Sermon - 30th November 2014
Scripture - Isaiah 64:1-9, Mark 13:24-37
Revd Andy Braunston
[An audio version of this sermon, in mp3 format, is available via the link on our Spirituality > Audio and Video page.]
A key theme of the Advent season in the readings we hear and liturgies we use is to stay awake or to wake up. This theme comes from some of the readings that are used over the three year cycle of readings where Jesus tells people not to fall asleep as he will return like a thief in the night. The problem with that theme for us is that the last thing we do during the Advent season is fall asleep. For many of us sleep deprivation is the order of the day with the million and one things are society seems to think we need to do in order to celebrate Christmas. The frenzy of shopping, the various Christmas meals and work based parties that many of us get roped into meant that by the time we get to Christmas we’re pretty exhausted. So the theme of stay awake seems a bit odd.
But the stay awake theme isn’t as odd as the two readings we’ve just heard.
This passage from Isaiah is a lament written when the Jewish people were in Exile in Babylon. It remembers the good things that God has done in the past and seems, at times, to berate God for not doing those things now. It concludes that God’s silence is because of the people’s sins. This passage, though written so long ago, has something to say to us now.
Many of us know the pain of living in Exile. Just like the Jews of old, many of us are strangers in a strange land. Getting used to a different culture, making sense of a new language, or the same language spoken in a different way. Making sense of different weather patterns, a different climate, and different ways of doing things. This was the experience of the Jews in Exile, is the experience of many of you but also, in a very real way, is the experience of the Church in the West.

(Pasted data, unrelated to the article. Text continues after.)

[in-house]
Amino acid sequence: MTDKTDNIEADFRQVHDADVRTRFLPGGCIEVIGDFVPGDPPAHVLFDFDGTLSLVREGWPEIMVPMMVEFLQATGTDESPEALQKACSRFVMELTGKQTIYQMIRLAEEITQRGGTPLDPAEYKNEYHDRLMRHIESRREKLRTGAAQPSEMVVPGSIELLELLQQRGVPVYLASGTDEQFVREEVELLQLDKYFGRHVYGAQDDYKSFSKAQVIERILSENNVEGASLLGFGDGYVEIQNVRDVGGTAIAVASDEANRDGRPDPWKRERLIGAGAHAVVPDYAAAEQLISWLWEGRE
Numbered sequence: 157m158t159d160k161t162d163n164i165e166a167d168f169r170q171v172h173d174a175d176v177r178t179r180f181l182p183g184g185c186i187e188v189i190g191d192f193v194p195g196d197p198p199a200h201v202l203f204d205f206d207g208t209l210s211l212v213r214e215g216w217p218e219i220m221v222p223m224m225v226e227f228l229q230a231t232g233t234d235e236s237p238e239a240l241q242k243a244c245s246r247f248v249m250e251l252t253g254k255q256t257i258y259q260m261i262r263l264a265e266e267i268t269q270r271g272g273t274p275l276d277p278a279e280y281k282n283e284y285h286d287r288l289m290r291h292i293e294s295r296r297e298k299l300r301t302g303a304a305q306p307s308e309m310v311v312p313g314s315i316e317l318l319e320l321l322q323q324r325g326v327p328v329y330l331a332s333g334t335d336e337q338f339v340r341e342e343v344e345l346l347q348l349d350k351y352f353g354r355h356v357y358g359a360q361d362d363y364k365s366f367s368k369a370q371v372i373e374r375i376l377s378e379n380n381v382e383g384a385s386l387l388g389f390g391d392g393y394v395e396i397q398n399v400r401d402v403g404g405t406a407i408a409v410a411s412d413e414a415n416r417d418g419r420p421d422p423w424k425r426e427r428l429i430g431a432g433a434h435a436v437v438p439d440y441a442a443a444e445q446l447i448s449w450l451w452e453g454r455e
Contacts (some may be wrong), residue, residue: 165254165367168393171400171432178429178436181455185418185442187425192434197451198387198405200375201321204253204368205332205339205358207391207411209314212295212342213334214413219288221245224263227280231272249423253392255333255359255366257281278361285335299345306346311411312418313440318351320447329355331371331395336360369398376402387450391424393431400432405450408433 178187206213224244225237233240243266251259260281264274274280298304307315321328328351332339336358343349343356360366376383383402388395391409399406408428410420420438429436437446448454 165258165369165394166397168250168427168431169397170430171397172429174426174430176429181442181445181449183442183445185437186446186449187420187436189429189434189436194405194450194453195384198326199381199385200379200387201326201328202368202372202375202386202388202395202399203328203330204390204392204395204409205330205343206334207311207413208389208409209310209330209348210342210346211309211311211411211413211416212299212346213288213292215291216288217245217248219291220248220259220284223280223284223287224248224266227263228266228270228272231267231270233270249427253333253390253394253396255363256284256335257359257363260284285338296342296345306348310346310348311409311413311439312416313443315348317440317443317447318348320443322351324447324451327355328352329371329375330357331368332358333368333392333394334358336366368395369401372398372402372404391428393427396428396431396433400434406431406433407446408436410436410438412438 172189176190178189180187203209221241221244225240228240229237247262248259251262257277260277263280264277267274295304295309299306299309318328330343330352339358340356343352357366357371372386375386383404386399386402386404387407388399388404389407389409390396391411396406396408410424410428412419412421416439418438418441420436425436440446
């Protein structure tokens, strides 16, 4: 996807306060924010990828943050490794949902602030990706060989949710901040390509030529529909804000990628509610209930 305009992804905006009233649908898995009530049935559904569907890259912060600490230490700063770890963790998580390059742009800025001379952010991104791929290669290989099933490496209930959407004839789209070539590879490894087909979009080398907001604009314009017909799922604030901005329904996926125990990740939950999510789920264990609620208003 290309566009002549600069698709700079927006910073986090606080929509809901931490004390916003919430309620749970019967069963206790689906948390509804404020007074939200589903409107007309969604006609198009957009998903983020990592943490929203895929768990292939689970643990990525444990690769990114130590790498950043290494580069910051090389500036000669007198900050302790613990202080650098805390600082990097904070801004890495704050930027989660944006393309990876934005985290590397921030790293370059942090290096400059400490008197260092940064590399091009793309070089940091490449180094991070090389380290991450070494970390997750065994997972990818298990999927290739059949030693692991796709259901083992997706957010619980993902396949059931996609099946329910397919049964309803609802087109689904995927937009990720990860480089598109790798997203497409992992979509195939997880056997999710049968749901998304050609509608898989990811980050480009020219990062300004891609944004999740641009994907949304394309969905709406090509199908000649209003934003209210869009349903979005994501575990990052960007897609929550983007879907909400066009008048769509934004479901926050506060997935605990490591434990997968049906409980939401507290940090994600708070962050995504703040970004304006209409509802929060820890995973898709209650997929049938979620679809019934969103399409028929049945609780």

Over the last 50 years or so the Church has declined. Despite lots of efforts to help the Church grow, despite various renewal movements the Church has declined – I suspect the decline would have been faster and quicker without the various things that have been done to try and encourage the Church to grow. But the Church in the West is in decline. The old answers don’t satisfy the hunger in the hearts of people in our society. We seem to have no good news to offer our contemporaries who have either left or simply see us as irrelevant; people are turning to other faiths and other spiritual traditions to make sense of their lives.
Advent isn’t just a time to think about the exile of the Jews so long ago and their sense of longing for better times. Advent characterises all our time. Like the Exiles of old, and current time, we live with our past in ruins, with no clear future, with many of the things with which we’re comfortable gone or broken. We may be tempted to make Isaiah’s lament our own as we think about the decline of the Church in these islands.